Is Oracle Dying?

Topics: Oracle Corporation, Oracle Database, Database management system Pages: 15 (4256 words) Published: March 23, 2013
Oracle Corporation was founded in Jun 1977 by Larry Ellison, Bob Miner, Ed Oates. Over the years, it has risen to become almost indisputable leader of the Relational Database Management System (RDBMS) market with 44% (Source: IDC 2009) – at least, for now, though, no one is sure how long that numero uno position will last. There were heady days of 1996-2008 or so when Oracle ruled the world of RDBMS. It was unchallenged crown king that could do no wrong. Hundreds of thousands of Database engineers, architects, administrators spoke of Oracle as if it was actually the famed “Oracle of Delphi”. Conference passes to Oracle Open World were so coveted that it was distributed to star employees in any company using Oracle Products.  However, after 2008, the downward spiral has been very perceptible to the database communities. The hush-hush talks could now be heard very loud and clear. Only that Oracle was perhaps hearing but valiantly choosing not to listen. It continued to maintain the arrogance of a star past its prime - denying that it was aging, claiming that the talent would always trump the age. I think the Oracle Goliath had forgotten that for every arrogant Goliath, there is a David that is bound to introduce it to its nemesis.  But my guess this downward spiral perhaps set into motion long before 2008 or so when world started noticing it. Time machine

Let us trace Oracle Journey through its very meager beginnings and how it lost its course along the way. The chronological sequence of this journey could be roughly as I have shown below:- 1977  SDL (Oracle's predecessor) founded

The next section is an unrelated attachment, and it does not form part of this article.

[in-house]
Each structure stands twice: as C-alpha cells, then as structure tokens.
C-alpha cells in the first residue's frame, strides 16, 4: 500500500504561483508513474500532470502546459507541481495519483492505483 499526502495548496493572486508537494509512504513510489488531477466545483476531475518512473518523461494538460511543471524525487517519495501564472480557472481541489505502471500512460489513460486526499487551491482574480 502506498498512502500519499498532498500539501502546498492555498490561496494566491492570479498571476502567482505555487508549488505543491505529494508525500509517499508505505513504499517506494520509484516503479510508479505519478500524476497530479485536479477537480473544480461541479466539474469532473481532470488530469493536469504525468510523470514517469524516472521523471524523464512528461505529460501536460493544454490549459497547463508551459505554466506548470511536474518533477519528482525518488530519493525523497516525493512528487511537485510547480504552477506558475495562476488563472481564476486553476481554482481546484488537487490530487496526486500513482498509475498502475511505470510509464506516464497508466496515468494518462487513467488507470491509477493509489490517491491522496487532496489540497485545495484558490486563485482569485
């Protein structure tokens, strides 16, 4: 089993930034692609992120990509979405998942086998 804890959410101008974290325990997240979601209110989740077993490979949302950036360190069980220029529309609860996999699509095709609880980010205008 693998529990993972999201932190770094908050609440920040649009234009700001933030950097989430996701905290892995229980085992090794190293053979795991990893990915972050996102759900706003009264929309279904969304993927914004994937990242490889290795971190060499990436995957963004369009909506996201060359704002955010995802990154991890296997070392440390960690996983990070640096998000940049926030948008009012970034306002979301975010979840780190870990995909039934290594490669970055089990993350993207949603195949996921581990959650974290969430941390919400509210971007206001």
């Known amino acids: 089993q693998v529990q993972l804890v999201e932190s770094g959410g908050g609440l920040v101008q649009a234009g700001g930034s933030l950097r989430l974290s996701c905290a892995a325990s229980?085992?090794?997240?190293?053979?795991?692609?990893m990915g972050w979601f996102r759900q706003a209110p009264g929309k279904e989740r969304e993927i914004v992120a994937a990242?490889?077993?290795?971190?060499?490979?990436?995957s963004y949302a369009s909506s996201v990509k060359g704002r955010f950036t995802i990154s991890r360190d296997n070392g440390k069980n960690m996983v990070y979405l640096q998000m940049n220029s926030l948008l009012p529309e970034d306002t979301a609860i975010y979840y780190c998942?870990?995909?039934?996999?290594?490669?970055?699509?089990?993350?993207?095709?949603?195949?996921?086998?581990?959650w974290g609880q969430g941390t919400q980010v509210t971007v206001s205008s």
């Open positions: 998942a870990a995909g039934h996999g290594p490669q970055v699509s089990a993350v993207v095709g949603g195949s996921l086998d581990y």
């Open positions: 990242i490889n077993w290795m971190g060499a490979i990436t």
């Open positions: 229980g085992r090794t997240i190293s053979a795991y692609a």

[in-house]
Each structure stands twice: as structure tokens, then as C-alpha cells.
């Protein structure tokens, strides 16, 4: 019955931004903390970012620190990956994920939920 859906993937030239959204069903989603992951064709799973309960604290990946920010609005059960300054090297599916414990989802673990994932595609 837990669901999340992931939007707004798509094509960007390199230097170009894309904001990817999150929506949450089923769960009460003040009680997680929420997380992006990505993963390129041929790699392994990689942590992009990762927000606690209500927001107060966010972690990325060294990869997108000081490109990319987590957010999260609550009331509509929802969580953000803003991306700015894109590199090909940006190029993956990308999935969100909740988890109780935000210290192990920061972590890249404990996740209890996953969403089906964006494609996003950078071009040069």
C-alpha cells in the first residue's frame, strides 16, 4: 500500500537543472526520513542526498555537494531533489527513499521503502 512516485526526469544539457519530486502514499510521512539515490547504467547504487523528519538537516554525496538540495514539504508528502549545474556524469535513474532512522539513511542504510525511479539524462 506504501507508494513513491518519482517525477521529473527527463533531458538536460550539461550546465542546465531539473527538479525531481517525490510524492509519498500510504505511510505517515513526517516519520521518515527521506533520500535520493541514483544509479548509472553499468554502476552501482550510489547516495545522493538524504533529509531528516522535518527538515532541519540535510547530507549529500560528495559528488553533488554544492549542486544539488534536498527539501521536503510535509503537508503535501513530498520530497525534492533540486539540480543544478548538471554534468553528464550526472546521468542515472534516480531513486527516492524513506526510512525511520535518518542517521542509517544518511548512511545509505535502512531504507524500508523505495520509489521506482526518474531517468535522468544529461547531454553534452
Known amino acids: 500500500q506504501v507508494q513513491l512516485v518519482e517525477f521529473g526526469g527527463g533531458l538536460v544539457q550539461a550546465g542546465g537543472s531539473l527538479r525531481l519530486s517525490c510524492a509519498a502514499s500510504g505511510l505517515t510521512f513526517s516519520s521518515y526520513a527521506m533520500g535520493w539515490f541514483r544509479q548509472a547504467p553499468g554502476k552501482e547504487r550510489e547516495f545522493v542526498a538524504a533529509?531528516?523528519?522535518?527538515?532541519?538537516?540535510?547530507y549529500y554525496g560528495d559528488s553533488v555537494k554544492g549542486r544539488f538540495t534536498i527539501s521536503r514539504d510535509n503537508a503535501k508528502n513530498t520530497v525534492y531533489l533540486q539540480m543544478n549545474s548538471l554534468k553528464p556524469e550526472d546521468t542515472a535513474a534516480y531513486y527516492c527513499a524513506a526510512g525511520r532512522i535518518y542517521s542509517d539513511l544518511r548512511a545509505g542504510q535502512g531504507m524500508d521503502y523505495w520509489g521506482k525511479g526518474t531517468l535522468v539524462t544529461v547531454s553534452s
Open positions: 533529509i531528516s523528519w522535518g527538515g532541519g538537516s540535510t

1978   Oracle Version 1 developed 
1979   First commercial SQL RDBMS
1983   Oracle Version 3, first RDBMS developed to run on mainframes, PC, minicomputers, VMS 1984   first RDBMS to offer read-consistency 1985   Released of Oracle Version 5, first RDBMS in client/server environments 1986   Oracle IPO (NASDAQ)

1987   Rises to number one in the world for RDBMS, Oracle gets into building enterprise applications 1988   Oracle Version 6 with several new features: PL/SQL, Row-level locking 1989   Oracle provides DB support for OLTP and moves its HQ to Redwood Shores, California 1990   Launches Oracle Applications Release 8

1992   Launched Oracle 7, offers full applications implementation methodology 1993   Client/server environments enhancements
1994   Oracle receives the industry’s first security clearance 1995   Debuts first 64-bit RDBMS
1996   Releases feature rich 7.3, with different types of data types - text, maps, audio, video, or images, develops an open standards-based, web-enabled architecture 1998   Oracle8 Database & Oracle Applications 10.7 - first enterprise computing company to use Java 1999   Offers its first DBMS with XML support

2000   Oracle E-Business Suite Release 11i
2001   Oracle9i Database with Oracle RAC,  first RDBMS to complete 3 terabyte TPC-H record 2002  Oracle RDBMS passes 15 industry standard security evaluations – first RDBMS to achieve this 2003  Oracle debuts Oracle Database 10g, more robust clustering software 2004  Declares Oracle “the Information Company” and spreads into many other areas 2005  Acquires rival PeopleSoft, releases first free database, Oracle 10g XE 2006   Declares a 30-year commitment for open standards computing, giving customers “Unbreakable Linux” 2008  HP Oracle Database Machine/Exadata storage

2009  Gets into too many things - including BEA products, launch of Oracle Fusion Middleware, 11g advance Oracle 2010   Oracle acquires Sun Microsystems, announces Sun based Exadata/Exalogic machines 2011   Keeps adding bells and whistles to same Exadata/Exalogic machines 2012   Announces initiative focused on Cloud

Rise of Oracle
Most of the engineers in software industry were not even born when in late seventies, it struck young Larry Ellison, after reading paper written by Dr Edgar F. Codd (1970) on relational database management systems titled "A Relational Model of Data for...
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